sites).  See also {root}.

wheel wars: [Stanford University] A period in {larval stage} during which student hackers
   hassle each other by attempting to log each other out of the system, delete each other's
   files, and otherwise wreak havoc, usually at the expense of the lesser users.

White Book: n. Syn. {K&R}.

whizzy: [Sun] adj. (alt. `wizzy') Describes a {cuspy} program; one that is feature-rich and
   well presented.

WIBNI: // [Bell Labs: Wouldn't It Be Nice If] n. What most requirements documents and
   specifications consist entirely of. Compare {IWBNI}.

widget: n. 1. A meta-thing.  Used to stand for a real object in didactic examples (especially
   database tutorials).  Legend has it that the original widgets were holders for buggy whips.
   "But suppose the parts list for a widget has 52 entries...." 2. [poss. evoking `window
   gadget'] A user interface object in {X} graphical user interfaces.

wiggles: n. [scientific computation] In solving partial differential equations by finite
   difference and similar methods, wiggles are sawtooth (up-down-up-down) oscillations at the
   shortest wavelength representable on the grid.  If an algorithm is unstable, this is often
   the most unstable waveform, so it grows to dominate the solution.  Alternatively, stable
   (though inaccurate) wiggles can be generated near a discontinuity by a Gibbs phenomenon.

WIMP environment: n. [acronymic from `Window, Icon, Menu, Pointing device (or Pull-down menu)']
   A graphical-user-interface-based environment such as {X} or the Macintosh interface, as
   described by a hacker who prefers command-line interfaces for their superior flexibility
   and extensibility.  See {menuitis}, {user-obsequious}.

win: [MIT] 1. vi. To succeed. A program wins if no unexpected conditions arise, or (especially)
   if it sufficiently {robust} to take exceptions in stride.  2. n. Success, or a specific
   instance thereof.  A pleasing outcome.  A {feature}.  Emphatic forms: `moby win', `super
   win', `hyper-win' (often used interjectively as a reply).  For some reason `suitable win'
   is also common at MIT, usually in reference to a satisfactory solution to a problem. Oppose
   {lose}; see also {big win}, which isn't quite just an intensification of `win'.

win big: vi. To experience serendipity.  "I went shopping and won big; there was a 2-for-1
   sale." See {big win}.

win win: interj. Expresses pleasure at a {win}.

Winchester:: n. Informal generic term for `floating-head' magnetic-disk drives in which the
   read-write head planes over the disk surface on an air cushion. The name arose because the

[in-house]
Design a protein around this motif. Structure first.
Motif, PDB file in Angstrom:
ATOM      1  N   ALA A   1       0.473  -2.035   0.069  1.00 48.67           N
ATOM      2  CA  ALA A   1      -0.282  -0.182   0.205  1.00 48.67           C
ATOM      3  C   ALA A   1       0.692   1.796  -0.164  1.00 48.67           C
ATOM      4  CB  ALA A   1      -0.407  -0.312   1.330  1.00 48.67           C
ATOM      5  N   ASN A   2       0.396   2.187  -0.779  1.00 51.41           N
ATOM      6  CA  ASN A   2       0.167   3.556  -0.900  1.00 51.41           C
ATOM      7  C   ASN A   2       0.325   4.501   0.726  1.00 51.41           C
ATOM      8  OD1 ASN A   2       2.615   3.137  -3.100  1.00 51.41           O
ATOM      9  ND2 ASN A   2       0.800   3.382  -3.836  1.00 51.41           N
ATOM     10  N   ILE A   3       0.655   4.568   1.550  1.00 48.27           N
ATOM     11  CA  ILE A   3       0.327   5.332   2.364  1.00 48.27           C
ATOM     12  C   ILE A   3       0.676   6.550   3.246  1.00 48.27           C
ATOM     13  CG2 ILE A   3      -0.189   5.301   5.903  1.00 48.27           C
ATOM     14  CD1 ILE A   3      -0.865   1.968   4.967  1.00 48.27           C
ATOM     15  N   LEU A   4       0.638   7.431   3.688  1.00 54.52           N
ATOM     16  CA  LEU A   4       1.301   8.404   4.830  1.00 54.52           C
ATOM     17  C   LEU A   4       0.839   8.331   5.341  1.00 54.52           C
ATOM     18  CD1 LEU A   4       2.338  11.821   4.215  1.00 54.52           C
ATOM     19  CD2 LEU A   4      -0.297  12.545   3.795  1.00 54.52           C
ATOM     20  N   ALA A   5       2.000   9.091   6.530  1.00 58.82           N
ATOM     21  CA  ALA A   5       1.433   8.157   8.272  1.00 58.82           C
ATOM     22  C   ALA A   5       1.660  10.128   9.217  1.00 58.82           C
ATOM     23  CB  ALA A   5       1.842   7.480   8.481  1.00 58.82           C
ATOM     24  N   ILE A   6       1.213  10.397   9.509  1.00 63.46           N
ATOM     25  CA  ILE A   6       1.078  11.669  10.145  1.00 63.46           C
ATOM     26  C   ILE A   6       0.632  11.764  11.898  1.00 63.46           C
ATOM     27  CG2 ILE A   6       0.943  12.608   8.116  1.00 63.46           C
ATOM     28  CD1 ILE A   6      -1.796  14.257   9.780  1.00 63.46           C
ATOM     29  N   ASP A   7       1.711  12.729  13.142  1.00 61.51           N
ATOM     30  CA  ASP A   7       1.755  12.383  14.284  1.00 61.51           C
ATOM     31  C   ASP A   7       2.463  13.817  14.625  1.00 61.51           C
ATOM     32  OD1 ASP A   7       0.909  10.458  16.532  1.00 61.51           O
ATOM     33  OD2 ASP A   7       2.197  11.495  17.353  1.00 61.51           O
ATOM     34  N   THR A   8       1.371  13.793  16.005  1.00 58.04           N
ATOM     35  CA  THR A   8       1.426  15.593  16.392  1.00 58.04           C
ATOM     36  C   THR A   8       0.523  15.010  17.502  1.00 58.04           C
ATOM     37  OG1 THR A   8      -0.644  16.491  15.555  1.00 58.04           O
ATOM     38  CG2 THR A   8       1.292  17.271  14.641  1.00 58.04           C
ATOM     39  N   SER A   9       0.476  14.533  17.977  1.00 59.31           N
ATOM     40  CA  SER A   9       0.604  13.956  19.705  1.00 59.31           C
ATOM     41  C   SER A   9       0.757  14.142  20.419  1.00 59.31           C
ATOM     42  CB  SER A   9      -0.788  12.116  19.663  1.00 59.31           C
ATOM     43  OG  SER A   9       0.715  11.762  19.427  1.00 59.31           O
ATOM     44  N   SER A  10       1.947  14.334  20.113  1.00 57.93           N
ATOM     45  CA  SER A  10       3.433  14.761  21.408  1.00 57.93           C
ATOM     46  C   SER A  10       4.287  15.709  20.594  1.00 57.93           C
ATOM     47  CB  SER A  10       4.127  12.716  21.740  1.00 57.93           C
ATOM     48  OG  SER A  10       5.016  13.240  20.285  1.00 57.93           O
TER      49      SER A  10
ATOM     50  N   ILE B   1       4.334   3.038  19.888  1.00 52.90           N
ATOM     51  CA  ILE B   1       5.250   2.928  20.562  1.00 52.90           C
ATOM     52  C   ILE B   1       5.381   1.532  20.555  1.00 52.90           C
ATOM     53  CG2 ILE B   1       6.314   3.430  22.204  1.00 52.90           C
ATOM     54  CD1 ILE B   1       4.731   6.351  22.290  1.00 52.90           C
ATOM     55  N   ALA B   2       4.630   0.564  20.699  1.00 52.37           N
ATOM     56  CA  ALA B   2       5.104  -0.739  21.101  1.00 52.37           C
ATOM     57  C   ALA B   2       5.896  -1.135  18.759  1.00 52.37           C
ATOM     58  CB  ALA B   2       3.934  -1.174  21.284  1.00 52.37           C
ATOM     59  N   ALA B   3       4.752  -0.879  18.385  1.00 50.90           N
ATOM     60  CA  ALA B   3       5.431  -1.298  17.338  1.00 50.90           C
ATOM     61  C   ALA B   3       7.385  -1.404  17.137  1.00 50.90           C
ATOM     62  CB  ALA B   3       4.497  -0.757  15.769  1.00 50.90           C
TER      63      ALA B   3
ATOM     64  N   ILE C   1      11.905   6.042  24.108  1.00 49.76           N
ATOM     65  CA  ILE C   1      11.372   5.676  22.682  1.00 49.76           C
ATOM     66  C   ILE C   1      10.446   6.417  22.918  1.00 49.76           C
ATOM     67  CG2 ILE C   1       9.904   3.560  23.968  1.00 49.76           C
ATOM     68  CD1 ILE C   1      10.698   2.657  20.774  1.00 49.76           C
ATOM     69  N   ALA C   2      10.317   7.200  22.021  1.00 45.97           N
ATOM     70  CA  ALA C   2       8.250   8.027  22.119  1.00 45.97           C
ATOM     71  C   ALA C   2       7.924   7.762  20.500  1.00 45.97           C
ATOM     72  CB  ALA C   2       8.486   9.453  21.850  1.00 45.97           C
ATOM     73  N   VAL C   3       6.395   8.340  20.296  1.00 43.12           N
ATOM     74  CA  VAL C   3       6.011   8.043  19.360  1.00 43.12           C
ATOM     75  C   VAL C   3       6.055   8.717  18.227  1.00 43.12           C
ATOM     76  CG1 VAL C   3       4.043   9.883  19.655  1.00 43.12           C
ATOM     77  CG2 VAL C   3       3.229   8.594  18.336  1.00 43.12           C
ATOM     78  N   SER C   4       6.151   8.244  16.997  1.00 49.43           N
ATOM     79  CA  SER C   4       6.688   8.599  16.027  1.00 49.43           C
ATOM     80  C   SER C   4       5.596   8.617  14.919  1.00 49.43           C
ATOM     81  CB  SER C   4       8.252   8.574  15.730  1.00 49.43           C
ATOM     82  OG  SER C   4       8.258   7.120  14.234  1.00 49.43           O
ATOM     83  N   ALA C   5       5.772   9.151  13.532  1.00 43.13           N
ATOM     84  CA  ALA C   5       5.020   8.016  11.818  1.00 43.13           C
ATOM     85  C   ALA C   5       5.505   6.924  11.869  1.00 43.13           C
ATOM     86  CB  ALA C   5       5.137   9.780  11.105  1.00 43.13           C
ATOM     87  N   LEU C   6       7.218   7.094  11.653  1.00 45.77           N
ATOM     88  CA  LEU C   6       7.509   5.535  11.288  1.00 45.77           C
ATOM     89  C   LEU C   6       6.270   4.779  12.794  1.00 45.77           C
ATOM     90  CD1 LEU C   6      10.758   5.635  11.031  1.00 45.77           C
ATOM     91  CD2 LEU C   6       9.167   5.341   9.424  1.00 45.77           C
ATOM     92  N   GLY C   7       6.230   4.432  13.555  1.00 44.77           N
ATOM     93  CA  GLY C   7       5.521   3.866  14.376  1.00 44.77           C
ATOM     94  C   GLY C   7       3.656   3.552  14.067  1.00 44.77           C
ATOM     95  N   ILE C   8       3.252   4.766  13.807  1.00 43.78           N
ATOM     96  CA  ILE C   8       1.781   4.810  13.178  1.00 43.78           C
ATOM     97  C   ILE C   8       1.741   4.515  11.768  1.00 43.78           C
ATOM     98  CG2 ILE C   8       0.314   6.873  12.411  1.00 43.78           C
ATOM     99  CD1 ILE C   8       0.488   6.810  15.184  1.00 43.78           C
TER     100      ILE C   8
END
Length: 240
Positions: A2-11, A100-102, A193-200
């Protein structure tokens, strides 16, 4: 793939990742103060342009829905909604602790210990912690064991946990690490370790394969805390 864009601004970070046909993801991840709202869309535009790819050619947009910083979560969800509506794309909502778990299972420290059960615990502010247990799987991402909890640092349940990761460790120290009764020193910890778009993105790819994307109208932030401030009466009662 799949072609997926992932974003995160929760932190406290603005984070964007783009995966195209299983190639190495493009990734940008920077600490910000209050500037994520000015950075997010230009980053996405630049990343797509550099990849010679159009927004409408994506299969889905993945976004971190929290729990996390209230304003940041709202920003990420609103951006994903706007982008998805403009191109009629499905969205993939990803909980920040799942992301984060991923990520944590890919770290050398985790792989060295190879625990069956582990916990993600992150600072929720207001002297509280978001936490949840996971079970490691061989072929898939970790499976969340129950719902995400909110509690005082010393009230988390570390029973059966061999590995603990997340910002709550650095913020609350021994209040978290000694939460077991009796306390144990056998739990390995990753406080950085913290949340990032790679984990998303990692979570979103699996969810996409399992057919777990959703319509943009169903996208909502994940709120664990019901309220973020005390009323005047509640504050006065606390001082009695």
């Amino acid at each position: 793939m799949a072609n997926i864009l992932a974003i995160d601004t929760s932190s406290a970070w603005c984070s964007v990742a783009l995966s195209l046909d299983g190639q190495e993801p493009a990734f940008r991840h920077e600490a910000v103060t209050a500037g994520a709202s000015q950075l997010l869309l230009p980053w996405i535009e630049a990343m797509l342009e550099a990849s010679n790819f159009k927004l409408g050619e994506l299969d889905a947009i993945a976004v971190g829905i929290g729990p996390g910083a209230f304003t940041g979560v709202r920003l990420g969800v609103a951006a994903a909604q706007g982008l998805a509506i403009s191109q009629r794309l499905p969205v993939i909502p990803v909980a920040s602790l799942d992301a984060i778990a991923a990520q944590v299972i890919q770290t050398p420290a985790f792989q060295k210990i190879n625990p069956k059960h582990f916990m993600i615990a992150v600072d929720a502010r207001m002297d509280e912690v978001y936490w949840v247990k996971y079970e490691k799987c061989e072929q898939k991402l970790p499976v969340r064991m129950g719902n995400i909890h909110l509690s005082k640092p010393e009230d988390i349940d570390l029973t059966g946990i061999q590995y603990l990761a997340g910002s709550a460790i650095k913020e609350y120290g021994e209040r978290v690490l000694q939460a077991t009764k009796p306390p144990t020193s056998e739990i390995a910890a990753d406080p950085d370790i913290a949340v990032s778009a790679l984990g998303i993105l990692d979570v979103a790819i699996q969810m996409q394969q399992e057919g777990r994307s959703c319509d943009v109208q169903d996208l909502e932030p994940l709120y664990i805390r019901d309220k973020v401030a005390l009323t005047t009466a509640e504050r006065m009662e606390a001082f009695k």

original 1973 engineering prototype for what later became the IBM 3340 featured two
   30-megabyte volumes; 30--30 became `Winchester' when somebody noticed the similarity to the
   common term for a famous Winchester rifle (in the latter, the first 30 referred to caliber
   and the second to the grain weight of the charge).

winged comments: n. Comments set on the same line as code, as opposed to {boxed comments}. In
   C, for example:

     d = sqrt(x*x + y*y);  /* distance from origin */

   Generally these refer only to the action(s) taken on that line.

winkey: n. (alt. `winkey face')  See {emoticon}.

winnage: /win'*j/ n. The situation when a lossage is corrected, or when something is winning.

winner: 1. n. An unexpectedly good situation, program, programmer, or person. "So it turned
   out I could use a {lexer} generator instead of hand-coding my own pattern recognizer. What
   a win!" 2. `real winner': Often sarcastic, but also used as high praise (see also the note
   under {user}). "He's a real winner --- never reports a bug till he can duplicate it and
   send in an example."

winnitude: /win'*-t[y]ood/ n. The quality of winning (as opposed to {winnage}, which is the
   result of winning).  "Guess what? They tweaked the microcode and now the LISP interpreter
   runs twice as fast as it used to." "That's really great!  Boy, what winnitude!" "Yup. I'll
   probably get a half-hour's winnage on the next run of my program."  Perhaps curiously, the
   obvious antonym `lossitude' is rare.

wired: n. See {hardwired}.

wirehead: /wi:r'hed/ n. [prob. from SF slang for an electrical-brain-stimulation addict] 1. A